“If the allegations are true, PPOA is extremely concerned about the breaches of confidential information of its members by someone whose job it was to protect the interests of the men and women of the Sheriff’s Department,” the group’s president, Steve Johnson, wrote, according to a copy of the email reviewed by The Times.

Before becoming a prosecutor, Teran — who has been a lawyer for more than three decades — served as a constitutional policing advisor to the Sheriff’s Department, then as a consultant to the Office of Inspector General, which provides oversight to the department. In 2019, she became a law enforcement accountability advisor with the L.A. County public defender’s office.

Teran joined Gascón’s administration in early 2021 as a special advisor and later began running the Justice System Integrity Division, which handles prosecutions of law enforcement officers.

According to Spertus, the investigation into his client was sparked by a complaint from former Sheriff Alex Villanueva. In a livestream Wednesday evening, Villanueva seemingly confirmed this, saying that in 2019, he alerted the FBI and the attorney general to concerns about Teran downloading information he described as a “massive data breach.”

Though the complaint does not spell out what data Teran may have illegally misused, Spertus said he believed state prosecutors were erroneously trying to charge her for uploading public documents to the district attorney’s list of officers and deputies accused or convicted of on-duty misconduct.

Under a 1963 U.S. Supreme Court decision in Brady vs. Maryland, prosecutors are required to turn over that information to defense lawyers, and many prosecutors’ offices keep databases or lists to track officer wrongdoing.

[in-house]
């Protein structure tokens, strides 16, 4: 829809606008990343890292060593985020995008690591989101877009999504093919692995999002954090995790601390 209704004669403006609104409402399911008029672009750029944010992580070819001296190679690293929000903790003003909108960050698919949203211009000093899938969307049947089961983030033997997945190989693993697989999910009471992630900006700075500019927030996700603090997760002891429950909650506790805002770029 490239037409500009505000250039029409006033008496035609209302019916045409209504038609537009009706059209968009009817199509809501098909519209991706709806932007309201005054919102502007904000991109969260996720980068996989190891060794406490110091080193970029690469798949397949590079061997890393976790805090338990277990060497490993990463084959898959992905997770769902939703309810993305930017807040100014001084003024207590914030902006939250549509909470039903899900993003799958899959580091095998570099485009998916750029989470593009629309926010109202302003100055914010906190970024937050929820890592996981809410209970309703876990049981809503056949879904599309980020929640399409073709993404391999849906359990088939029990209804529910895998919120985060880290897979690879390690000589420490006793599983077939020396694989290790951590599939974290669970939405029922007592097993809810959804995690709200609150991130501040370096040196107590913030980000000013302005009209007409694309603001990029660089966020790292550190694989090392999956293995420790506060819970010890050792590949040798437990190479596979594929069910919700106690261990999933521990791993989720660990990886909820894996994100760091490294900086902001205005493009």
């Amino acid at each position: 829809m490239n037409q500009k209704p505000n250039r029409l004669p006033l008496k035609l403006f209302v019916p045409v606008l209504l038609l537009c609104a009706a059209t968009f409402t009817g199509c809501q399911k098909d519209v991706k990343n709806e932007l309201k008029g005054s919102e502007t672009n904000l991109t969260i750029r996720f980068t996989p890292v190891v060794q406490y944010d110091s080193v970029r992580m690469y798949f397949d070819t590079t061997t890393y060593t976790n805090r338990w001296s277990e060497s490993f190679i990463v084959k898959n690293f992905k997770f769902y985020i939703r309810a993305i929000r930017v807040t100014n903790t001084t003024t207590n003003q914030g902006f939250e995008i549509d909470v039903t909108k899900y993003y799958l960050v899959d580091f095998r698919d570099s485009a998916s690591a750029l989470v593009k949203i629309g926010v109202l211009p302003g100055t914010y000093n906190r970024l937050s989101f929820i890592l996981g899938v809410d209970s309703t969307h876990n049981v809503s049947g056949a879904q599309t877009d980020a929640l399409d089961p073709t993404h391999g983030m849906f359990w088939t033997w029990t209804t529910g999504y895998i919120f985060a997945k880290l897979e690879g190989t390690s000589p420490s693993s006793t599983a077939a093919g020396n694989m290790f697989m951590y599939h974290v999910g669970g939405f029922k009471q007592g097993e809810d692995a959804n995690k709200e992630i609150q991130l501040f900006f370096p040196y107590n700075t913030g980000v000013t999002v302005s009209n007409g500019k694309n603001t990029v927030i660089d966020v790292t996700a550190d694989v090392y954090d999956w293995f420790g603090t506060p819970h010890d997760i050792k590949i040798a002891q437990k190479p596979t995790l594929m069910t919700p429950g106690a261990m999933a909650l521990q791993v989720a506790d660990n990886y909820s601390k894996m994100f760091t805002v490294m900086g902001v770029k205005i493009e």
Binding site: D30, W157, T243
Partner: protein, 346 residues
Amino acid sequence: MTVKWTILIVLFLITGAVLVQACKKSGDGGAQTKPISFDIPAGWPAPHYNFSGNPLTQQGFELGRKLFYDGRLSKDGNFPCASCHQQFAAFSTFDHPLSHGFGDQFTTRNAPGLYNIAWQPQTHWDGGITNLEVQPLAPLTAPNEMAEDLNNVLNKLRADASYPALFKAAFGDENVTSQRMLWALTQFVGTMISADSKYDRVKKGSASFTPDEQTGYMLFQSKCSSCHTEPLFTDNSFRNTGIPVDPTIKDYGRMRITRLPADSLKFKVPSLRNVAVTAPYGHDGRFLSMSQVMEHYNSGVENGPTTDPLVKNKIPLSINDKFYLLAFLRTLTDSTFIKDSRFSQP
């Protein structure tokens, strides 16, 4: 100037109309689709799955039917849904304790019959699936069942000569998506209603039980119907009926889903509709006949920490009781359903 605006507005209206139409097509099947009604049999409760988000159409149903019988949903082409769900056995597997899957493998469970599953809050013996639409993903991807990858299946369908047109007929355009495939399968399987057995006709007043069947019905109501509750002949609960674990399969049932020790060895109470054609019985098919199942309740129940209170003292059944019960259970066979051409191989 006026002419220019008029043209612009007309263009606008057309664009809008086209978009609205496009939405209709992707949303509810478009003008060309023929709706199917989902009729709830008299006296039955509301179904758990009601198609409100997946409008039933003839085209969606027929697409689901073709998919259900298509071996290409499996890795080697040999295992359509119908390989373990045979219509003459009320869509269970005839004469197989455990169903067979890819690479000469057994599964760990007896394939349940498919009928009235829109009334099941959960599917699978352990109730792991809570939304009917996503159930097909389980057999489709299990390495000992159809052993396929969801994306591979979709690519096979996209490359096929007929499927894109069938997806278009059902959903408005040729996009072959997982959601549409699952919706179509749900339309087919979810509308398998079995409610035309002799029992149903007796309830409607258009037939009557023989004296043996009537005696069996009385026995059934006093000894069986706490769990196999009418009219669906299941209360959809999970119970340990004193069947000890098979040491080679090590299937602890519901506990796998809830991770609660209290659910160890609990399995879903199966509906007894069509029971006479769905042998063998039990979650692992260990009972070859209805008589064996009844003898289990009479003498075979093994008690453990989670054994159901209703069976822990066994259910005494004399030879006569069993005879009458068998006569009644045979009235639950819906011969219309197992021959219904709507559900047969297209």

Read more: George Gascón survived the primary. Can Nathan Hochman unseat him as D.A.?

While many law enforcement personnel records are legally considered confidential in California, Spertus said he believed the documents in question were made public when they were attached to court filings by deputies who sued to get disciplinary decisions against them overturned.

“I believe every document will be located in an L.A. Superior Court case file,” he said.

For the foreseeable future, specifics about the allegations against Teran — including whose records may be involved — may remain a mystery, as Spertus said the more detailed affidavit filed last week alongside the criminal complaint has been kept secret.

“It was filed under seal,” he told The Times. “So there are charges pending, but the [attorney general's] office is being shockingly secret about what the allegedly used documents are.”

Because her first court date is “months” away, according to her lawyer, it may be some time before the state is forced to make details public.

“We want to get into court as soon as possible, and we can’t,” he said.

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This story originally appeared in Los Angeles Times.